The inventor of a vertical-lifting flying car is offering rides to the first 15 people who contribute $15,000 to his Indiegogo campaign, which runs through January 4, writes Susan Karlin for Fast Company’s blog Co.Create. The goal of Paul Sandner Moller’s crowd-funding campaign is to raise money for final safety testing of his “Skycar” for FAA approval. He needs $958,000 more to install new 816-horsepower motors and FAA-required safety elements in the vehicle, and for extensive ground testing before mounting an untethered, piloted flight, Karlin writes.
Most of that amount — namely $932,000 — has already been pledged by: Nitro-Turbodyne, an FAA-designated engineering firm with corporate offices in Cheyenne, Wyo., and a lab facility in Camarillo, Calif., that’s handing the flight testing; Freedom Motors in Davis, Calif. (a former Moller subsidiary that built the rotary engines); and CliC Goggles, in Corte Madera, Calif., Karlin reports. Ed De Reyes, Chief Technology Officer for Nitro-Turbodyne (N-T), has been chosen as the chief test pilot, according to a Moller press release.
The 76-year-old inventor, who has 43 patents including one for Skycar, told the Coast to Coast AM radio show that he was inspired to create the vehicle when he was growing up in rural Canada and was captivated by the mobility of the hummingbird, according to C2C AM’s website.
He explained that the Skycar is not a car which becomes an airplane and, instead, is more of ‘an airplane that has mobility on the ground.’ To that end, he envisions future Skycar owners driving the vehicle to a vertiport and then flying to ‘almost anywhere.’ Moller also suggested that, as the vehicle gets further recognized by the FAA, the legal requirement to fly a Skycar will eventually become merely a pilot’s certificate rather than a license, which will drastically reduce costs for consumers.
Skycar is different from other personal air vehicles such as Airbike and Terrafugia (the latter of which this blog has written about), as it can vertically lift off and land on a driveway or street, whereas the others require an airport runway, Karlin writes. “The Skycar would allow you to back out of your garage, drive to Starbucks and pick up your morning coffee, and then, from the parking lot, push a button and fly to work 100 miles away,” says Moller.
Moller, a TED speaker and former professor of aeronautics at the University of California, Davis, told Fast Company that his company chose crowd-sourcing rather than increasing stock shares so as not to dilute stock value. Crowd-funding enables “the average person” to make a direct contribution without having to buy stock, he said, adding, “This way, we can give really nice gifts and make people part of a team that can help make this happen.”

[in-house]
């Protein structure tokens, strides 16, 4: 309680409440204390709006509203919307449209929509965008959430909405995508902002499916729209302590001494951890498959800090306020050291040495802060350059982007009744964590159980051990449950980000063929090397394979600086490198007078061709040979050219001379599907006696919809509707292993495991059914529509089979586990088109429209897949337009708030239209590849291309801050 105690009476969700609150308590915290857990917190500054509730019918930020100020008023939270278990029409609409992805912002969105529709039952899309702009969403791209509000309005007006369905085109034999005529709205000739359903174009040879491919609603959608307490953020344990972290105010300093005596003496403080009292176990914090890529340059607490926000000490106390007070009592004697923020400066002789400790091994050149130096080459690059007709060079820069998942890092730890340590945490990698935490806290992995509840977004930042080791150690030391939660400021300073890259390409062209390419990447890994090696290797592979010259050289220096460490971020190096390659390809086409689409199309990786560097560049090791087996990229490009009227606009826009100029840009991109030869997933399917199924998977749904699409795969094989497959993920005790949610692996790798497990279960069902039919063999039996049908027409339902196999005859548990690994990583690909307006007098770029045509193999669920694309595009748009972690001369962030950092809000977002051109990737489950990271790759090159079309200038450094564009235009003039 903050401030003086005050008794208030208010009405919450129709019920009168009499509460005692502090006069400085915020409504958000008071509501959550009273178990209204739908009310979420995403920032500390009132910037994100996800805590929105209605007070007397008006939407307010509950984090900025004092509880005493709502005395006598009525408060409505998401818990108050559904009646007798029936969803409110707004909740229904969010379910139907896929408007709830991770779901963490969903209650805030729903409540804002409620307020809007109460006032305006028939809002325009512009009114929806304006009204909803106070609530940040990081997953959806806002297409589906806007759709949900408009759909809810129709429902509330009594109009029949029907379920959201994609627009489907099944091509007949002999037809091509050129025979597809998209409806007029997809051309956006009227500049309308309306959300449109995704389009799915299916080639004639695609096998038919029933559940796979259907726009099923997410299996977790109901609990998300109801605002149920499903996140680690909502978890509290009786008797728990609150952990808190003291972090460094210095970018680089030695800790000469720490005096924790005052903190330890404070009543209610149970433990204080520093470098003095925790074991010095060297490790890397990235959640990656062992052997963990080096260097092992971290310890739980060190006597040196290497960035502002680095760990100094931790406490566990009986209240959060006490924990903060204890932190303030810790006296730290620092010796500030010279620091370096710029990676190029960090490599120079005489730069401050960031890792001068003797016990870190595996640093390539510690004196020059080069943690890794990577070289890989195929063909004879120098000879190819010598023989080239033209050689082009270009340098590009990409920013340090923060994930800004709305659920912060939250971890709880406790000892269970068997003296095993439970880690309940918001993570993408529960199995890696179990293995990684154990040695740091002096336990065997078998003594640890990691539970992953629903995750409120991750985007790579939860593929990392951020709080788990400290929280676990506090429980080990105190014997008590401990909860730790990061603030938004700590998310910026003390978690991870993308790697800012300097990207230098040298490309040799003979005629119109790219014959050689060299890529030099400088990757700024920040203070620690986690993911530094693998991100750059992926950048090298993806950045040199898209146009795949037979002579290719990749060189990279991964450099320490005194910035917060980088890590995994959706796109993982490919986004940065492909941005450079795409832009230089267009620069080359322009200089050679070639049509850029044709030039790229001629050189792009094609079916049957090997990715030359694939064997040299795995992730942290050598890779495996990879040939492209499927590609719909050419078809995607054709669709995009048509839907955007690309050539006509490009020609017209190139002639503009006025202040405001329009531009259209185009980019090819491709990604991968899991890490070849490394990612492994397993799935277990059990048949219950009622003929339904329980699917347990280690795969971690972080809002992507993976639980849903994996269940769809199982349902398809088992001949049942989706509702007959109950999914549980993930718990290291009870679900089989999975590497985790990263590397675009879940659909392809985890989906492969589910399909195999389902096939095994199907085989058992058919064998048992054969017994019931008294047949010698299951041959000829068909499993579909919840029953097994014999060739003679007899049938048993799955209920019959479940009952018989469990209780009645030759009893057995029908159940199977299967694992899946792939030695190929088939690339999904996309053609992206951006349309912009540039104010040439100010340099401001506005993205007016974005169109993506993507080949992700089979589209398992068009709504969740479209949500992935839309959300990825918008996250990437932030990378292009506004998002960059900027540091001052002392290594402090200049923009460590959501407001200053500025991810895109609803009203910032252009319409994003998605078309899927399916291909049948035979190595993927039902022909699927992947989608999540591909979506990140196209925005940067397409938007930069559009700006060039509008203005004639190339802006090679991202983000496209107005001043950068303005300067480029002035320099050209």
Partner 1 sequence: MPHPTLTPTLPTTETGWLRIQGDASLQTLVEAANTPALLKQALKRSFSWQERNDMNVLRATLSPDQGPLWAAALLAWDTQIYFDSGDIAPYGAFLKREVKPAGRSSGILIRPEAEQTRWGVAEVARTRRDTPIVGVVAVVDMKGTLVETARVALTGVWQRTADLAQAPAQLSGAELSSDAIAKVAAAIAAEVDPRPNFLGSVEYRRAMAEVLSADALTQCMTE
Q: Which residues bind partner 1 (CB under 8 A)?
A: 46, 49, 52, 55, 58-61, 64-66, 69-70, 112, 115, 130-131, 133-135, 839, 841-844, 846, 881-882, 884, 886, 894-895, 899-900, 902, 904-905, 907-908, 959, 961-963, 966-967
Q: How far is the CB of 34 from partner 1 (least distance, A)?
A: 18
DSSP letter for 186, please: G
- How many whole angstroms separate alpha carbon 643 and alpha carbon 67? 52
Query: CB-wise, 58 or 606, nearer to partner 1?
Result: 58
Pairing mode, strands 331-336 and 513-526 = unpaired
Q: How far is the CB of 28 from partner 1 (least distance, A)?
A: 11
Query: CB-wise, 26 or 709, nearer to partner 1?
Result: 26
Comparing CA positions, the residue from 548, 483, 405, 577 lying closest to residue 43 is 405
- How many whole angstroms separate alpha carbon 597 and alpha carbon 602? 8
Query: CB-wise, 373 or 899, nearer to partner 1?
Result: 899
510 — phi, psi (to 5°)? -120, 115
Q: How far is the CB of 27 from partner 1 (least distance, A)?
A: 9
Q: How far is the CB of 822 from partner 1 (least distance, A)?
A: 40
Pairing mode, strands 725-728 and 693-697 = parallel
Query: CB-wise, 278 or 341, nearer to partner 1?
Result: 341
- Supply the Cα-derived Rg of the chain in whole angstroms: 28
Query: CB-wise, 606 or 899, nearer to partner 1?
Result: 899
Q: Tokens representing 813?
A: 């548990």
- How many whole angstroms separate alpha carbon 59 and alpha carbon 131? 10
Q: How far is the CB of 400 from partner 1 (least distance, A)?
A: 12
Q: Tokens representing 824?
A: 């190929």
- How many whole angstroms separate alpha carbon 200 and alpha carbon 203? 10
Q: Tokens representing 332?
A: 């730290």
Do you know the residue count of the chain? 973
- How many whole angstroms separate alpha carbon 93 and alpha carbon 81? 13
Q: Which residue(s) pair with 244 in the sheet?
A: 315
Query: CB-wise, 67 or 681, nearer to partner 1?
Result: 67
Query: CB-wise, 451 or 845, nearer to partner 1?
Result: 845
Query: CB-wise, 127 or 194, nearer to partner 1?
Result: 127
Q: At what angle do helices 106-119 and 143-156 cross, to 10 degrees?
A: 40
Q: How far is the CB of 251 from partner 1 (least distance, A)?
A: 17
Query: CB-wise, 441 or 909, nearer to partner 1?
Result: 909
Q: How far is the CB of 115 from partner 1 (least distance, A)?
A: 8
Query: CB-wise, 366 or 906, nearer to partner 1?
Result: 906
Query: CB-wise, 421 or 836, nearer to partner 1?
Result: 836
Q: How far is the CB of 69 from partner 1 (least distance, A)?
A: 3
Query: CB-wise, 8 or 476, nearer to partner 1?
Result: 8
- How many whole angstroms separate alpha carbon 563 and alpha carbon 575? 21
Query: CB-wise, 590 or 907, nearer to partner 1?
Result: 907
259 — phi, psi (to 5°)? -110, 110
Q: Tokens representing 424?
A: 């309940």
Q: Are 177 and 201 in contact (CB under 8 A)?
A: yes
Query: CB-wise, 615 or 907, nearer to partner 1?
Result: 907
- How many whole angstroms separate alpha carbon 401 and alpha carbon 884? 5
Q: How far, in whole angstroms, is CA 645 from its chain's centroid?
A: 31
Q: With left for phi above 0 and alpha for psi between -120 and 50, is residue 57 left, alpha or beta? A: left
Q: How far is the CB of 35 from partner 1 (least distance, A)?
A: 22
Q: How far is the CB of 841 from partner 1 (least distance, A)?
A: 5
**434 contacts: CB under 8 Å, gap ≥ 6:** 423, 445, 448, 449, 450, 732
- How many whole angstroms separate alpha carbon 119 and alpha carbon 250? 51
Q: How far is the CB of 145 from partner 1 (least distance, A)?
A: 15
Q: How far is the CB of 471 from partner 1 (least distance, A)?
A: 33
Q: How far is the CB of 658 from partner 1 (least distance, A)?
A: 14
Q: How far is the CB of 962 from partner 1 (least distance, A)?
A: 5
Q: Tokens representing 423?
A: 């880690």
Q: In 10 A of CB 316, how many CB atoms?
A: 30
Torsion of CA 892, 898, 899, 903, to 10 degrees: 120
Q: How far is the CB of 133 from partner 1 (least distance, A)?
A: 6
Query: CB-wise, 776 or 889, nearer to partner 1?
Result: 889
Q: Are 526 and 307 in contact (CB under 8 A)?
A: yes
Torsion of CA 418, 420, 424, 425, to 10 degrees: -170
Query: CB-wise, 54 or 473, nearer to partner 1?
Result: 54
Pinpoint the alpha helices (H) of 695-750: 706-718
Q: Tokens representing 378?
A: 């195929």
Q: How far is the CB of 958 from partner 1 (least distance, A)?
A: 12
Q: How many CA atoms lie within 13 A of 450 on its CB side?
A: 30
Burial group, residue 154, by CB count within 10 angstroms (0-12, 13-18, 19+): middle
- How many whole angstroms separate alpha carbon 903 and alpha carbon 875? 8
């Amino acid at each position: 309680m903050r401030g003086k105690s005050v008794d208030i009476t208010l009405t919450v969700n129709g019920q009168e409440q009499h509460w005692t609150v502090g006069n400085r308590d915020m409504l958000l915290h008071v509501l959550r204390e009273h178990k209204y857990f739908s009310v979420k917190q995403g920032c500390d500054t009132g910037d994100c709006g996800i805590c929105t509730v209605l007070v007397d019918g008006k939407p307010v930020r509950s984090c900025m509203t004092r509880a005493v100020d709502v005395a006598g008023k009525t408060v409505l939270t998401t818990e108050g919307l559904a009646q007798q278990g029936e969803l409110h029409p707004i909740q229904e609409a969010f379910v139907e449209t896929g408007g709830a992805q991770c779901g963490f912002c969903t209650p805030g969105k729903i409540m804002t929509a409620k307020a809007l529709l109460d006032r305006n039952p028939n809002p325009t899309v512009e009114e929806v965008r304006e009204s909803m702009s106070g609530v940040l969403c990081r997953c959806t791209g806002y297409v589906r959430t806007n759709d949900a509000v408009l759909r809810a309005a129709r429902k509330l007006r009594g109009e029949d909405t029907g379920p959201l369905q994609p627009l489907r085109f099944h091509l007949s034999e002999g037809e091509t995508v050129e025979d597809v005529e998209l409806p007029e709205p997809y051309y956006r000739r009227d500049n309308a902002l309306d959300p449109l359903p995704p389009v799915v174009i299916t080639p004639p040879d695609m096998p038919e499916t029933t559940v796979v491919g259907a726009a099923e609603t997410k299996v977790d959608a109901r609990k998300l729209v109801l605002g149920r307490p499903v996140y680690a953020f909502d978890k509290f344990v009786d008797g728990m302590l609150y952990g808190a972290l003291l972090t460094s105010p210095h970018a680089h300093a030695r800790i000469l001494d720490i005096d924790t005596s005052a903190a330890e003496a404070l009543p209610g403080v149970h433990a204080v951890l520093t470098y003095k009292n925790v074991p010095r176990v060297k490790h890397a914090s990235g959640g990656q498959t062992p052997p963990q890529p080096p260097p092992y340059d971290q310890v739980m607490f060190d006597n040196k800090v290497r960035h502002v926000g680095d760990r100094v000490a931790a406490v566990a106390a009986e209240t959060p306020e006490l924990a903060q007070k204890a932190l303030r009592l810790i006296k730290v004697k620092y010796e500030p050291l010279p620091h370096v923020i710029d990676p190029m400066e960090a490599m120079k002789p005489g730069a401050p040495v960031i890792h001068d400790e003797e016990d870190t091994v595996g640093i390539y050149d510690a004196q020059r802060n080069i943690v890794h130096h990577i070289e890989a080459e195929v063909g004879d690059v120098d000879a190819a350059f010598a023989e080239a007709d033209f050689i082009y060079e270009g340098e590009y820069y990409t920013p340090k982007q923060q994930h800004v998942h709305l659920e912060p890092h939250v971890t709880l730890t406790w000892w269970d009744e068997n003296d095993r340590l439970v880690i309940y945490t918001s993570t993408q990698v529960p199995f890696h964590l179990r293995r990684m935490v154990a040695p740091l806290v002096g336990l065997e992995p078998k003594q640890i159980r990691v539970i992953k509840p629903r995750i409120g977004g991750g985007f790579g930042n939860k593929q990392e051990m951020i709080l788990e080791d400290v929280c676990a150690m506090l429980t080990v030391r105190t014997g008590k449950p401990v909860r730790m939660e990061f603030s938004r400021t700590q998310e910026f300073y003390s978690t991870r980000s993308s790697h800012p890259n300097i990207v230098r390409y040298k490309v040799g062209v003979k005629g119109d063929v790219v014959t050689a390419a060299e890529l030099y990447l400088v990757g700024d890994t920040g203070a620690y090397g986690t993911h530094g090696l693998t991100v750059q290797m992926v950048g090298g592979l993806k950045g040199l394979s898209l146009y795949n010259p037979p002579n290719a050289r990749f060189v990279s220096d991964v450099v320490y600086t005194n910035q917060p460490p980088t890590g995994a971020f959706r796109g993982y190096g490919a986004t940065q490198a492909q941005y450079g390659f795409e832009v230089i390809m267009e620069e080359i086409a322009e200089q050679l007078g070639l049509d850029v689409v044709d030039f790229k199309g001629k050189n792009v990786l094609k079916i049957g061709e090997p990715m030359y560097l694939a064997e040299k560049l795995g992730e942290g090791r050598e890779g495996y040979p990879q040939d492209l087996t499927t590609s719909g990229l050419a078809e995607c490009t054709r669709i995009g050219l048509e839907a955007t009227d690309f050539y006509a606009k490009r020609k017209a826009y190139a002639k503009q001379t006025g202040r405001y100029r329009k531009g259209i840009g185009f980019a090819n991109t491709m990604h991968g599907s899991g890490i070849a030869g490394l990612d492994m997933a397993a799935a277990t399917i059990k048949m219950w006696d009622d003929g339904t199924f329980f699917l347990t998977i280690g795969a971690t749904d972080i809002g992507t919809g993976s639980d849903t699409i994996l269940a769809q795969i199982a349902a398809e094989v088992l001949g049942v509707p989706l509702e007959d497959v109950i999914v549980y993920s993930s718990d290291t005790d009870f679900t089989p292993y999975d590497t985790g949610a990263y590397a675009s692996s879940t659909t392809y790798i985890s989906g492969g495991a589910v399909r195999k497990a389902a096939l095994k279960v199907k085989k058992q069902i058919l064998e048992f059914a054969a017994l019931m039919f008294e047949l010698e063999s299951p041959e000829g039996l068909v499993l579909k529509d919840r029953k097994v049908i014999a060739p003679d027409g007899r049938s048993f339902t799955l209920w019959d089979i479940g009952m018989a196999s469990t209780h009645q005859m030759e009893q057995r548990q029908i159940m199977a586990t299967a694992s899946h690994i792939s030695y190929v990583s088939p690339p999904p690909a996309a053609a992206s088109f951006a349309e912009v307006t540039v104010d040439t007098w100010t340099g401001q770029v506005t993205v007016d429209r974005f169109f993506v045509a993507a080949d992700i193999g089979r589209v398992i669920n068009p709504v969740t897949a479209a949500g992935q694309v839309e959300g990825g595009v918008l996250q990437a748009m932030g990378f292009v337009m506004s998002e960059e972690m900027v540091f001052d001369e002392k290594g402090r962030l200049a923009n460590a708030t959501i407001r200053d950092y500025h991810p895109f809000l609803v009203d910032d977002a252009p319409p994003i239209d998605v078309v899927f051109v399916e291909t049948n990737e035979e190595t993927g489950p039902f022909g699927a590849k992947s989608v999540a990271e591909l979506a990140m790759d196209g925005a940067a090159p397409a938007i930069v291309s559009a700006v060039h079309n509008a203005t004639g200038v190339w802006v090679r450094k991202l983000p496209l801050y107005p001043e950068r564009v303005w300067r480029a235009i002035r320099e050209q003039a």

Money raised by the Indiegogo campaign will be used to prepare the Skycar for its first official off-tether flight at an altitude of 2,000 feet, in June 2014, Karlin reports. That flight will feature the Skycar M400, an experimental four-seat model weighing 1,200 pounds. After its June flight and six more months of testing, Moller will donate the M400 to the Smithsonian National Air and Space Museum in Washington, D.C. He will then focus on a two-person Skycar M200, the model he plans to sell to the public, Karlin writes.
Skycar’s Indiegogo page quotes Dr. Daniel Golden, Former NASA Director and Administrator: “VTOL aircraft will travel at four times the speed of highways to 25% of the nation’s suburban, rural and remote communities in 10 years and 90% within 25 years.” As of yesterday afternoon, the Indiegogo campaign had raised $15,664. Indiegogo campaigns receive all pledged funds, even if they do not reach their goal amount. Donor gifts are based on pledge amount. The first 15 people to donate $15,000 will get a ride in the Skycar; the first 25 to pledge $5,000 will get a ride on the Neuera volanter, a flying saucer Moller developed; and a $25 donation will get you a certificate and website listing as “Flight Test Crew,” a laptop sticker, a poster of the Skycar and a mug with its official flight-test team logo.
Finally, as Karlin writes:
Forget jetpacks. Forward-thinking commuters should be asking, ‘Where’s my flying car?’
You can see Moller’s Indiegogo video here: